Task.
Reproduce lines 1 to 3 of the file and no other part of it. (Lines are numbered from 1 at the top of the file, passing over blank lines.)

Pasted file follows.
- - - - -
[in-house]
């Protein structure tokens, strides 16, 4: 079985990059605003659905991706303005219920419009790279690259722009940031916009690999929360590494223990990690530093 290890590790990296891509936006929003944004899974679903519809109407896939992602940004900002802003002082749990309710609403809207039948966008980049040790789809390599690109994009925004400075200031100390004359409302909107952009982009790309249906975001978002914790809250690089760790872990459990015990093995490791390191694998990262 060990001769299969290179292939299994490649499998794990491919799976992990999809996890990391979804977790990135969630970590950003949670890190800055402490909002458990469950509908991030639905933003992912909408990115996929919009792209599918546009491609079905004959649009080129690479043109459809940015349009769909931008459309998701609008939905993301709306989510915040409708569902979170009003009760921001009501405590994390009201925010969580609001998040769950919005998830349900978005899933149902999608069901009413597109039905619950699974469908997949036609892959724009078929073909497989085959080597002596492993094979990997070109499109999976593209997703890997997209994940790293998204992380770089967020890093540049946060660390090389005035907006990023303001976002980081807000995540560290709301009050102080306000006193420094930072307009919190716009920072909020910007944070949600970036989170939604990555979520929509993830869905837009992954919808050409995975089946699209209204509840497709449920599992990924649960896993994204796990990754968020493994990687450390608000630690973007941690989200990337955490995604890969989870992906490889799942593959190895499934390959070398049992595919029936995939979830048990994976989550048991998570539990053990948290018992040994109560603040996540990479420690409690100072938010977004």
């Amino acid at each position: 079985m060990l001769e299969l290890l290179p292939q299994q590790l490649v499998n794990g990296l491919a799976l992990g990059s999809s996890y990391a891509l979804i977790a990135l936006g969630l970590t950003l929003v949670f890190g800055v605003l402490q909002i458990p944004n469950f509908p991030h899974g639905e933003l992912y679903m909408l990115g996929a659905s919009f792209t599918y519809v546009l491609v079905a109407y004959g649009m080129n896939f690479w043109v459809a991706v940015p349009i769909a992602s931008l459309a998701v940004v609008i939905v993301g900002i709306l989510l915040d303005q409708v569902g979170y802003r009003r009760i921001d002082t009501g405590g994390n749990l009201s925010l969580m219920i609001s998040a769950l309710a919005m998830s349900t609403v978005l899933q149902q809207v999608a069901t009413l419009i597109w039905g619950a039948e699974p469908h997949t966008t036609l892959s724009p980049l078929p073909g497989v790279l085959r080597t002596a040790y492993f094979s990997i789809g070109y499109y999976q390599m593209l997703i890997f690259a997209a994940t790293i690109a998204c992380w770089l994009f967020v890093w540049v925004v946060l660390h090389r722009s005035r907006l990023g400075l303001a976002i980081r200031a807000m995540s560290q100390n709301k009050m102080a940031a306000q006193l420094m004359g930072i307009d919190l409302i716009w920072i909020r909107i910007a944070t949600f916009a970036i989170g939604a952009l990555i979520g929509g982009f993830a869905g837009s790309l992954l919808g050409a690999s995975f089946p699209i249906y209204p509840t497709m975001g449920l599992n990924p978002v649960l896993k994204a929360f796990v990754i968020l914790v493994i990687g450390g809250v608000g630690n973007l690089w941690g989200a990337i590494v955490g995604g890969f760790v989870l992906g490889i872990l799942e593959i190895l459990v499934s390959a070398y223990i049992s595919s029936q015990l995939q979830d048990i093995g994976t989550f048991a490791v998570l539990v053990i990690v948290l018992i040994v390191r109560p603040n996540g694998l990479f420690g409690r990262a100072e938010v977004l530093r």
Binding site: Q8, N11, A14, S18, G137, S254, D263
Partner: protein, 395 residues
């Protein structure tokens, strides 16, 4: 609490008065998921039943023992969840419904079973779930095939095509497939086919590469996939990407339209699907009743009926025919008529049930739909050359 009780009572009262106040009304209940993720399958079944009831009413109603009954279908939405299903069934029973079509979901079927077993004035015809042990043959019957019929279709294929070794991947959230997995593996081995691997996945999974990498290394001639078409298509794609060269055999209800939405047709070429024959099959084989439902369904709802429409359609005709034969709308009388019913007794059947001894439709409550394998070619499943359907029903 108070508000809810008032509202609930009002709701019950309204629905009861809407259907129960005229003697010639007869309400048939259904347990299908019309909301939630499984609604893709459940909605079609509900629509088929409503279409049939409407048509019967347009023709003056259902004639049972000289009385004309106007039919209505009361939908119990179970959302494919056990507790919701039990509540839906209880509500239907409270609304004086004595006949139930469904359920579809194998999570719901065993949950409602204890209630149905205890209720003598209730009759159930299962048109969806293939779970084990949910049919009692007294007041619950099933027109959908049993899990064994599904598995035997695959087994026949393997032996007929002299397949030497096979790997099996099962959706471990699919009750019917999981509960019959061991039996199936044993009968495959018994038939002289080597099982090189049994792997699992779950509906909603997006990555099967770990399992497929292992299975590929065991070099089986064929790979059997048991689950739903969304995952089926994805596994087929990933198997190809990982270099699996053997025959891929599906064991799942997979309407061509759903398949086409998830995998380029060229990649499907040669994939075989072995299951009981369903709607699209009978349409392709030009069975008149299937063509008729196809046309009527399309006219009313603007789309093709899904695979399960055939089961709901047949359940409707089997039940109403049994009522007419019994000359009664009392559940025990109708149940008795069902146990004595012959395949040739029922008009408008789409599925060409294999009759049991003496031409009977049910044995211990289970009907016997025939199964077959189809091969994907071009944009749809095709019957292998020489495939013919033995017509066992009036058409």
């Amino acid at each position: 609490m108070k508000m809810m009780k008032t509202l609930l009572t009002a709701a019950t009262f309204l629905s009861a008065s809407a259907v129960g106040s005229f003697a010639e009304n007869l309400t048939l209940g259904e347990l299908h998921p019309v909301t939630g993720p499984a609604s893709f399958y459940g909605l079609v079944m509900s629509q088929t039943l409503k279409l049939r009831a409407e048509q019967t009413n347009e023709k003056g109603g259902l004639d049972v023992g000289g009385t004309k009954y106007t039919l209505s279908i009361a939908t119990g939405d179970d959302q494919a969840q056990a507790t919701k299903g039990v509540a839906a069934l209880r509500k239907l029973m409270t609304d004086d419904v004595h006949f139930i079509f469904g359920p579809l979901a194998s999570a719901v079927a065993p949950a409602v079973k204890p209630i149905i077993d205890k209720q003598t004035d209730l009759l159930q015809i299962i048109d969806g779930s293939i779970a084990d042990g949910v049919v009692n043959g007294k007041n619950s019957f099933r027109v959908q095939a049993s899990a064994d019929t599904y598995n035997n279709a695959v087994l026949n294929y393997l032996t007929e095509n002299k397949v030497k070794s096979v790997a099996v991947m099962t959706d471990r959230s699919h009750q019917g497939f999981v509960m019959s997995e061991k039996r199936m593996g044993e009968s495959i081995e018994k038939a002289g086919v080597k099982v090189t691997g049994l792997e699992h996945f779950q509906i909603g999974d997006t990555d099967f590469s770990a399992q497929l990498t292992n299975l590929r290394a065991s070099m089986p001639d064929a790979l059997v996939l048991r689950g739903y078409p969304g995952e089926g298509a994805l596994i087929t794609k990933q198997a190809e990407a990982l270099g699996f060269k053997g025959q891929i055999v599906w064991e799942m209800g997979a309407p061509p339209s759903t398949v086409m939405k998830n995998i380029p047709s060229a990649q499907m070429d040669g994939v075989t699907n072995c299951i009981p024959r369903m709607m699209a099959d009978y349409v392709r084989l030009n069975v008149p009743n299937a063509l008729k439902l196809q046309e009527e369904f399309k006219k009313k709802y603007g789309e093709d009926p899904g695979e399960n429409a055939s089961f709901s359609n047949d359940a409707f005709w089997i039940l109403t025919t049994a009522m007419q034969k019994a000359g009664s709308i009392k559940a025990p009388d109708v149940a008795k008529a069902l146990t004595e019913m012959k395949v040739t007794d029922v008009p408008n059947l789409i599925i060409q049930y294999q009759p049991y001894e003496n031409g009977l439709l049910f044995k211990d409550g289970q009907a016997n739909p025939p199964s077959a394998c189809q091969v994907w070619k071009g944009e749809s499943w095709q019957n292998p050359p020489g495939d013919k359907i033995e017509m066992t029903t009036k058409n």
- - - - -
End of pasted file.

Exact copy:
[in-house]
């Protein structure tokens, strides 16, 4: 079985990059605003659905991706303005219920419009790279690259722009940031916009690999929360590494223990990690530093 290890590790990296891509936006929003944004899974679903519809109407896939992602940004900002802003002082749990309710609403809207039948966008980049040790789809390599690109994009925004400075200031100390004359409302909107952009982009790309249906975001978002914790809250690089760790872990459990015990093995490791390191694998990262 060990001769299969290179292939299994490649499998794990491919799976992990999809996890990391979804977790990135969630970590950003949670890190800055402490909002458990469950509908991030639905933003992912909408990115996929919009792209599918546009491609079905004959649009080129690479043109459809940015349009769909931008459309998701609008939905993301709306989510915040409708569902979170009003009760921001009501405590994390009201925010969580609001998040769950919005998830349900978005899933149902999608069901009413597109039905619950699974469908997949036609892959724009078929073909497989085959080597002596492993094979990997070109499109999976593209997703890997997209994940790293998204992380770089967020890093540049946060660390090389005035907006990023303001976002980081807000995540560290709301009050102080306000006193420094930072307009919190716009920072909020910007944070949600970036989170939604990555979520929509993830869905837009992954919808050409995975089946699209209204509840497709449920599992990924649960896993994204796990990754968020493994990687450390608000630690973007941690989200990337955490995604890969989870992906490889799942593959190895499934390959070398049992595919029936995939979830048990994976989550048991998570539990053990948290018992040994109560603040996540990479420690409690100072938010977004």
């Amino acid at each position: 079985m060990l001769e299969l290890l290179p292939q299994q590790l490649v499998n794990g990296l491919a799976l992990g990059s999809s996890y990391a891509l979804i977790a990135l936006g969630l970590t950003l929003v949670f890190g800055v605003l402490q909002i458990p944004n469950f509908p991030h899974g639905e933003l992912y679903m909408l990115g996929a659905s919009f792209t599918y519809v546009l491609v079905a109407y004959g649009m080129n896939f690479w043109v459809a991706v940015p349009i769909a992602s931008l459309a998701v940004v609008i939905v993301g900002i709306l989510l915040d303005q409708v569902g979170y802003r009003r009760i921001d002082t009501g405590g994390n749990l009201s925010l969580m219920i609001s998040a769950l309710a919005m998830s349900t609403v978005l899933q149902q809207v999608a069901t009413l419009i597109w039905g619950a039948e699974p469908h997949t966008t036609l892959s724009p980049l078929p073909g497989v790279l085959r080597t002596a040790y492993f094979s990997i789809g070109y499109y999976q390599m593209l997703i890997f690259a997209a994940t790293i690109a998204c992380w770089l994009f967020v890093w540049v925004v946060l660390h090389r722009s005035r907006l990023g400075l303001a976002i980081r200031a807000m995540s560290q100390n709301k009050m102080a940031a306000q006193l420094m004359g930072i307009d919190l409302i716009w920072i909020r909107i910007a944070t949600f916009a970036i989170g939604a952009l990555i979520g929509g982009f993830a869905g837009s790309l992954l919808g050409a690999s995975f089946p699209i249906y209204p509840t497709m975001g449920l599992n990924p978002v649960l896993k994204a929360f796990v990754i968020l914790v493994i990687g450390g809250v608000g630690n973007l690089w941690g989200a990337i590494v955490g995604g890969f760790v989870l992906g490889i872990l799942e593959i190895l459990v499934s390959a070398y223990i049992s595919s029936q015990l995939q979830d048990i093995g994976t989550f048991a490791v998570l539990v053990i990690v948290l018992i040994v390191r109560p603040n996540g694998l990479f420690g409690r990262a100072e938010v977004l530093r």